In addition to such wild west dramatics, the committee also believes it is plausible that Hofman and Hoogland insisted that PhD candidates and postdocs included them as co-authors ‘of publications to which they had not made any substantial contribution or that the staff member in question wanted to publish independently’. They also tried to claim ‘a higher position in the sequence of authors’ for publications ‘to which they did contribute’. One notifier states that Hofman used her own work for two different publications.

The behaviour of the two has caused great harm to the victims, both at work and in their personal lives. They feel ‘sadness, regret, shame, frustration, vulnerability and distrust’. Some of them describe the impact as ‘traumatic’ to this day; nine informants say they have suffered burnout. Some also state that it has affected their careers and self-confidence or that they could have achieved more in a ‘healthy working environment’.One notifier says they have suffered material damage. 


Photo Marc de Haan

According to the notifiers, there are many more employees who were victims of the couple’s transgressive behaviour, but they were afraid to report it ‘out of fear of retaliation’, given Hofman's extensive influence in her field and their ‘international network’. Those who did sound the alarm say they did so out of their ‘desire for injustice and personal suffering to be recognised’ and ‘to help prevent the behaviour of the two from continuing with new victims’. They also had the impression that the university is more willing to address problem signs now than before.


The committee asked the couple to respond and said they ‘do not recognise themselves’ in the allegations, which they therefore ‘strongly reject’. They either deny the alleged undesirable behaviour, have no recollection of the events or feel that the examples have been distorted. They feel ‘shock, astonishment, sadness and pain’ at the image portrayed. ‘It affects them deeply.’
The duo believes the notifiers are jealous and frustrated and that Hofman has been scapegoated. Hofman also thinks the fact that she is a woman and an academic can ‘arouse fear, jealousy and obstruction’ in others. This is a notable defense, since the couple disadvantaged some women who were pregnant by excluding them, or naming that pregnancy was an impediment to work.

Former rector Stolker ‘cannot recall that the reports were discussed at that meeting’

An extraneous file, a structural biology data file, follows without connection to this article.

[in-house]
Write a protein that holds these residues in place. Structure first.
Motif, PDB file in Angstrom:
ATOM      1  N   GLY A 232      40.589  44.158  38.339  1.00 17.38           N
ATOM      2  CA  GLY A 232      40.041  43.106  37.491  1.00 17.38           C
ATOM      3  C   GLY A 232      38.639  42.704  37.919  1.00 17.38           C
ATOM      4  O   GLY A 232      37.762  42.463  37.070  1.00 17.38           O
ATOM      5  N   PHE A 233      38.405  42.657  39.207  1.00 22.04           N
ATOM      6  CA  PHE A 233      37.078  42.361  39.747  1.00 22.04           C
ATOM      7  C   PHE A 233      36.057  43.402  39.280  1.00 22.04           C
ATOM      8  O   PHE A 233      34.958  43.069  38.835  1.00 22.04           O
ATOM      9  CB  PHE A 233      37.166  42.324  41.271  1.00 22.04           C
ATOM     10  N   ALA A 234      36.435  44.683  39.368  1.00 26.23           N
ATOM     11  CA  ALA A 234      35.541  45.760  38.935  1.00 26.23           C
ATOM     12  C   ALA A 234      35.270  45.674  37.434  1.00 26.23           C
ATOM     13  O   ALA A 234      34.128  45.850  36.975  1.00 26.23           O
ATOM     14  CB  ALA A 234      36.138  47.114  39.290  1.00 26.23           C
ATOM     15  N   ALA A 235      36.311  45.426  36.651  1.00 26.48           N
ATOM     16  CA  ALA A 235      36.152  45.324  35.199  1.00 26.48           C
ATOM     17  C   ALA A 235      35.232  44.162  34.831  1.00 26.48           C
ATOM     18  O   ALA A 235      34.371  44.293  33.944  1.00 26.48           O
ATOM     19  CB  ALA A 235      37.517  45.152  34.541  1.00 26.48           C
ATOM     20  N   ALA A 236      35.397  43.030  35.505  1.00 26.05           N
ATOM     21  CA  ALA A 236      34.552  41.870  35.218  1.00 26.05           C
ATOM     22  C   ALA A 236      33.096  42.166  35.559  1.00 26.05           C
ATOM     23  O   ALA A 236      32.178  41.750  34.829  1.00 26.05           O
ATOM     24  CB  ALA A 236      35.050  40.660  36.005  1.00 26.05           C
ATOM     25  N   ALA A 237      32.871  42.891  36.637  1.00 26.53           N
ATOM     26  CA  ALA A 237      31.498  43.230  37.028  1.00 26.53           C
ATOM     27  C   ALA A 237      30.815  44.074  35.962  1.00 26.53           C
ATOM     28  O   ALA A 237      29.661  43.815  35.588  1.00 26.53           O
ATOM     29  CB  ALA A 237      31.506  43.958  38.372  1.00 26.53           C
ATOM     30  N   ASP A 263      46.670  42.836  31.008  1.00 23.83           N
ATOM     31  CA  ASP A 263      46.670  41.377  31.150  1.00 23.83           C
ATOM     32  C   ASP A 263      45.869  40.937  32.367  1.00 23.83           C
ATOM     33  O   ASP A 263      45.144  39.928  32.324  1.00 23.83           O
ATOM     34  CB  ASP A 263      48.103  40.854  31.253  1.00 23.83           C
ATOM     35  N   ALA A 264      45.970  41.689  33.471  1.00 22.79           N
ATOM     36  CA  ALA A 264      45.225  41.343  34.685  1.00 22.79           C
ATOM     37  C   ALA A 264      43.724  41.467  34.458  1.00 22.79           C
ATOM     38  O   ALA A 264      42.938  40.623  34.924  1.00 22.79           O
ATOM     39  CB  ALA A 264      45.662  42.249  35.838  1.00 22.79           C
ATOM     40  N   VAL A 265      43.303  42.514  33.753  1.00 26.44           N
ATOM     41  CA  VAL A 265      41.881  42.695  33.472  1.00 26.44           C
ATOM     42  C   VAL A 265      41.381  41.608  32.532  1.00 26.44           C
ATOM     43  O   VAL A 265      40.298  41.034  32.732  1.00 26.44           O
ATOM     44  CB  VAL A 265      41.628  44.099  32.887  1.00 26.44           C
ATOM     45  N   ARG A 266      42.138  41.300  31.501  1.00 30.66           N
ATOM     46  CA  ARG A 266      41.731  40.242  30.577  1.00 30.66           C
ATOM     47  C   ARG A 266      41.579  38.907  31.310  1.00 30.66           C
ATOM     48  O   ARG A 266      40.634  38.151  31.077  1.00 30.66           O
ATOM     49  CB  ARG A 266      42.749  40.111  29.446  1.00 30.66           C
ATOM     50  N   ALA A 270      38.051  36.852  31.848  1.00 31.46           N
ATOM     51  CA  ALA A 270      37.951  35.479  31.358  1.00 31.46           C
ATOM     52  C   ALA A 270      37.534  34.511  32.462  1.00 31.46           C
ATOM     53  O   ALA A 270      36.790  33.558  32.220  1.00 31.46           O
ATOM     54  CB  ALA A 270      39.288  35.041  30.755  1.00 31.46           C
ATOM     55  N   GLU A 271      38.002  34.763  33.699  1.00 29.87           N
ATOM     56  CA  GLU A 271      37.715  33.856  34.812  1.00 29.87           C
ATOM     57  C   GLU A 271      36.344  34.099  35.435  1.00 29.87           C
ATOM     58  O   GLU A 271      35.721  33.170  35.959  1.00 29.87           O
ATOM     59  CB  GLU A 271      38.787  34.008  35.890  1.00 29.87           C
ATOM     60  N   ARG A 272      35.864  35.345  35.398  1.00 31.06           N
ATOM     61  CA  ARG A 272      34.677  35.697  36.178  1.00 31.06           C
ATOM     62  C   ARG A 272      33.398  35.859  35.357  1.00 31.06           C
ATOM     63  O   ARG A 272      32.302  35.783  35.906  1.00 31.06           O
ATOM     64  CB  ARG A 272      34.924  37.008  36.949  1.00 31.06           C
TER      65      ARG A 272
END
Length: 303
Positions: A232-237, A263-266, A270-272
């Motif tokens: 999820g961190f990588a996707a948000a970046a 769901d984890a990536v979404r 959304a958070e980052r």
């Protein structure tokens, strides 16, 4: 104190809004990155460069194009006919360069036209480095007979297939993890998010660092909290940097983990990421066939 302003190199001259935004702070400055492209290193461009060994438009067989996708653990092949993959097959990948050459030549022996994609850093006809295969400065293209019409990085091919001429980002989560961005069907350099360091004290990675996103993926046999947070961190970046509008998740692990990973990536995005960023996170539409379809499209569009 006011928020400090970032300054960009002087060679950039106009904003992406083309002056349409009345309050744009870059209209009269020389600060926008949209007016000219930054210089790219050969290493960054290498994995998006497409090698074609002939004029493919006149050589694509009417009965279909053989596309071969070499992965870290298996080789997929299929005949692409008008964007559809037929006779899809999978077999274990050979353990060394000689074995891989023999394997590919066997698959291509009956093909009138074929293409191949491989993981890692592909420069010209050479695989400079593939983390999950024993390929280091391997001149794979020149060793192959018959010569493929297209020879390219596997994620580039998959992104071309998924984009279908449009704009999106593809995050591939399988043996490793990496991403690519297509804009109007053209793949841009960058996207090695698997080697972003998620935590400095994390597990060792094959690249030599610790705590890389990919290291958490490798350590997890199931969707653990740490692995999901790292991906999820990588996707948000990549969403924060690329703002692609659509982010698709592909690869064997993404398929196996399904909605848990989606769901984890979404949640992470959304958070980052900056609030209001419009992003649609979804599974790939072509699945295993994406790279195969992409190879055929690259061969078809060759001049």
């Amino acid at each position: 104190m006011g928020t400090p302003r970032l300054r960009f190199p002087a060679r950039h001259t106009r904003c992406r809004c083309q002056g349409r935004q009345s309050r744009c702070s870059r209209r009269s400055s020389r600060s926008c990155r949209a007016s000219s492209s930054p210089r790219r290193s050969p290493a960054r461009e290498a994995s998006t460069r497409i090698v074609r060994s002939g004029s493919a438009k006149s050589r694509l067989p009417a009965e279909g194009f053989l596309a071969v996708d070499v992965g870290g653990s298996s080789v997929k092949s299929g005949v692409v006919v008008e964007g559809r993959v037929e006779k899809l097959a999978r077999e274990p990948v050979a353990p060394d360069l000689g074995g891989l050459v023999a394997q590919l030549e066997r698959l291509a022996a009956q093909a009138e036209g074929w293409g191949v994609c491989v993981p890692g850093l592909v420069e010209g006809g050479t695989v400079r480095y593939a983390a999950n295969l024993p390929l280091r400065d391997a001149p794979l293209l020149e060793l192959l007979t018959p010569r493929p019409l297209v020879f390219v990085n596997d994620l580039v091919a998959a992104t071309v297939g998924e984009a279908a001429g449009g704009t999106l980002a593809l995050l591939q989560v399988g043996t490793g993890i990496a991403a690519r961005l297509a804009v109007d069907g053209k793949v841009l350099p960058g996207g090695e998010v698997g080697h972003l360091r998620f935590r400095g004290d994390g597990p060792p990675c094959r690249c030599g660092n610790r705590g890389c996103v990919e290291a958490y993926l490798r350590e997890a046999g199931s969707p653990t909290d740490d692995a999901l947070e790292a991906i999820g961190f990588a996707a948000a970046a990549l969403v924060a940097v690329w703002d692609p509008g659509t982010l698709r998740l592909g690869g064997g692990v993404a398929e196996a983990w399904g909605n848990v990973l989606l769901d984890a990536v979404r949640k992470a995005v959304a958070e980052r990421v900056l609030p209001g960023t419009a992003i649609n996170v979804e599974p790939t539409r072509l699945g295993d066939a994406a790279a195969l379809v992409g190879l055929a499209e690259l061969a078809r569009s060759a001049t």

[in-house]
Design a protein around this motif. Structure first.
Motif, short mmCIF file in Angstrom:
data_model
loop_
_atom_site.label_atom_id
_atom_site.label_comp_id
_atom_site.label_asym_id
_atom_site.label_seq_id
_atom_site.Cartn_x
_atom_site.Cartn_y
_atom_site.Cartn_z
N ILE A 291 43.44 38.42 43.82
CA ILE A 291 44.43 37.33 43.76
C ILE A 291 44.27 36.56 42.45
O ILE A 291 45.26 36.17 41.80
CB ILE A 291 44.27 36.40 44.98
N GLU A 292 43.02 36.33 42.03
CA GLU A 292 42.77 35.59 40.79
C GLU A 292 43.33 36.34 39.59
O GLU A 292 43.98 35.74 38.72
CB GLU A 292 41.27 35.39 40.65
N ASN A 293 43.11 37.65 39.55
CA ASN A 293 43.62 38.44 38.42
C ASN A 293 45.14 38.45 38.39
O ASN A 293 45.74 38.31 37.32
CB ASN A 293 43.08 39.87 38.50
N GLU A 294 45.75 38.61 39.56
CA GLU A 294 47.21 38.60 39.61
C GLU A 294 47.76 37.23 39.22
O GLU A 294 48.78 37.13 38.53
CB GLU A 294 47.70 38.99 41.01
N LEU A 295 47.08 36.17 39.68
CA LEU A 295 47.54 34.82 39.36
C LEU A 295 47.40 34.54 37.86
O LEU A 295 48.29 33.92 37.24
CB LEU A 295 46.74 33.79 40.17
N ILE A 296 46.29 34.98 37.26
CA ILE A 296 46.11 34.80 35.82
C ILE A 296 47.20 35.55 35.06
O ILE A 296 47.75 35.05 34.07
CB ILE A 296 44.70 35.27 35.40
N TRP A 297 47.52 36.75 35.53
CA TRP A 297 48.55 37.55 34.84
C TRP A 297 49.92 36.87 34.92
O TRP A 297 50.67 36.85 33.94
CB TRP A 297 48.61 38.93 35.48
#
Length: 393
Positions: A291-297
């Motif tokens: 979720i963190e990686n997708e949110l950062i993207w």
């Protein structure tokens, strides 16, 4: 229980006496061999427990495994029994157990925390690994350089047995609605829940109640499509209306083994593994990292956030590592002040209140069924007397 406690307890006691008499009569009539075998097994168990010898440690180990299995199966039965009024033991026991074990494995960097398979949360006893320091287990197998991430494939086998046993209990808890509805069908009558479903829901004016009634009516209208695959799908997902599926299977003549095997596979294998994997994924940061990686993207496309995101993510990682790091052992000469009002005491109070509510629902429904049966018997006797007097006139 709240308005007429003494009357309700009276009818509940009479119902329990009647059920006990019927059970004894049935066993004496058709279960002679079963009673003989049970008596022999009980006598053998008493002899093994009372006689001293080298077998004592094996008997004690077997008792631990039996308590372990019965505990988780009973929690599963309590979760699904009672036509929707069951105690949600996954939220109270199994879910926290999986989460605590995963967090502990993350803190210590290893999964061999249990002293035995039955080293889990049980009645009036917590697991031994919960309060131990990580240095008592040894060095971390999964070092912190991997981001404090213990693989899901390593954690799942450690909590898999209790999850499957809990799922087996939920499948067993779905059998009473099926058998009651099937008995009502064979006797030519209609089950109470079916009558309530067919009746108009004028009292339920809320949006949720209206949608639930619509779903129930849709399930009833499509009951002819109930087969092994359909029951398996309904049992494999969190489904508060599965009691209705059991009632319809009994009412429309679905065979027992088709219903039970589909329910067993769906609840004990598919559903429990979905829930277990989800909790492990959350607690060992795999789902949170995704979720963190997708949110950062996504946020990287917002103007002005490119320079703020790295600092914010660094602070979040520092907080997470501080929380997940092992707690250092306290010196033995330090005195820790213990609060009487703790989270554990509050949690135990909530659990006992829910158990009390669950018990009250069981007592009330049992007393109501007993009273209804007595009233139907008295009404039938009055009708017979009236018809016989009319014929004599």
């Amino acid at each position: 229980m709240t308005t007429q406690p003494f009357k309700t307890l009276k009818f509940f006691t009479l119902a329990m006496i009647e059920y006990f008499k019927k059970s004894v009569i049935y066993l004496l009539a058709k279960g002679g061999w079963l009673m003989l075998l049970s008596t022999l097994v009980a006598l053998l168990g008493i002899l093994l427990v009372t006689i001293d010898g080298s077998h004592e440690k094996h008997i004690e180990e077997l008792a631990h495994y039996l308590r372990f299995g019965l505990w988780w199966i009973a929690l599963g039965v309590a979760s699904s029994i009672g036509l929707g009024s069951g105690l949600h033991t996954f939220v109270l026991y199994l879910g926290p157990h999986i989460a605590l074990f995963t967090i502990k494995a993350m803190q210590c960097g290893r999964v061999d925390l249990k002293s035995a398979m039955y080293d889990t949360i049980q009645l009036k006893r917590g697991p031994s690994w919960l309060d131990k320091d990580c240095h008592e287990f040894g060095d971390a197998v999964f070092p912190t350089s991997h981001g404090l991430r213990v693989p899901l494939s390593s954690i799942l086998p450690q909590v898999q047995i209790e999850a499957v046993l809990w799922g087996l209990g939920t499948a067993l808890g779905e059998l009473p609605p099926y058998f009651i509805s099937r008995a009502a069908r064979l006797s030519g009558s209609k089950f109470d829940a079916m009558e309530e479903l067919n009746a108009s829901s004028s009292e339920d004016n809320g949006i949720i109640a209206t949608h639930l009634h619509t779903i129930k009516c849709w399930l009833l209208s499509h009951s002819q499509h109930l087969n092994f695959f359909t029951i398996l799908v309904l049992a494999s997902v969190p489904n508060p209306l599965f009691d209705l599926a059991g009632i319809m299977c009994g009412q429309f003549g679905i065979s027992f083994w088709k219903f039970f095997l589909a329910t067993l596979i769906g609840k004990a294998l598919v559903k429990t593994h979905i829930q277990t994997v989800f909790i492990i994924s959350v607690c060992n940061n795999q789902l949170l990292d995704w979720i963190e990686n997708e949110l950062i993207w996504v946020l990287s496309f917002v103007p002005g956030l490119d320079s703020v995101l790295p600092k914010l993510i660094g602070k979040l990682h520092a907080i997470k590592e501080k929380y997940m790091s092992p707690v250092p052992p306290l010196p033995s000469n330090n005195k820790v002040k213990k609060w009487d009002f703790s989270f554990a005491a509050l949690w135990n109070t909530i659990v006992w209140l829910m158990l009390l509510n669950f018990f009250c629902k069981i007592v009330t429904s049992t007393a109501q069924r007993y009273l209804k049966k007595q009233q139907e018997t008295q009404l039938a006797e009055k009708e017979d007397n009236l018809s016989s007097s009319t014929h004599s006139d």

Hoogland says he has a ‘medical explanation’ for ‘certain aspects of his behaviour’. He has had a chronic illness since 2010 for which he was taking medication, and according to his treating physician, his behaviours are ‘typical side effects of the medication’.

Hofman and Hoogland provided the committee with counter-statements by 59 individuals, who ‘paint a very positive image of their work and behaviour’. However, the committee concludes that 57 of these statements ‘have little or no relevance’.

Naked swimming

One of the statements that was relevant was made by their son ‘who has often accompanied them’ on fieldwork campaigns and has read all of the notifiers’ statements. He does not recognise his parents in the image painted and disputes the events. In fact, he argues that it was the notifiers who behaved in a transgressive manner, ‘varying from wearing provocative clothing where this was disrespectful to local culture to forcing others to take part in naked swimming and exposing one’s genitalia as a prank’.

The committee notes that his views ‘differ significantly from the thrust of the notifier statements’.

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What did former rector Carel Stolker know?

As early as the beginning of the reign of terror, in 1995 and 1999, the first complaints were allegedly reported to the then head of the department. This person declared to the committee 'to have no recollection' of this.

A salient detail is that the current dean of the Faculty of Archaeology, Jan Kolen, has stated that he received reports about the couple as early as 2018 and discussed this with the then Rector Magnificus on 3 April 2019.

That position was held by Carel Stolker at the time. He ‘cannot recall that the reports were discussed at that meeting’ and pointed out that ‘during his term as Rector-President, he often received reports from people who wanted to draw his attention to all kinds of matters’. There is no record of the conversation.

The question of what Stolker did or did not know still has administrative implications. Because when asked if chair of the board Annetje Ottow ever discussed the issue with her predecessor, she replied Tuesday in NRC, “I did say to him at one point, ‘I think it's very unfortunate that so many issues are now coming to the surface and so now we all have to solve this problem together.’”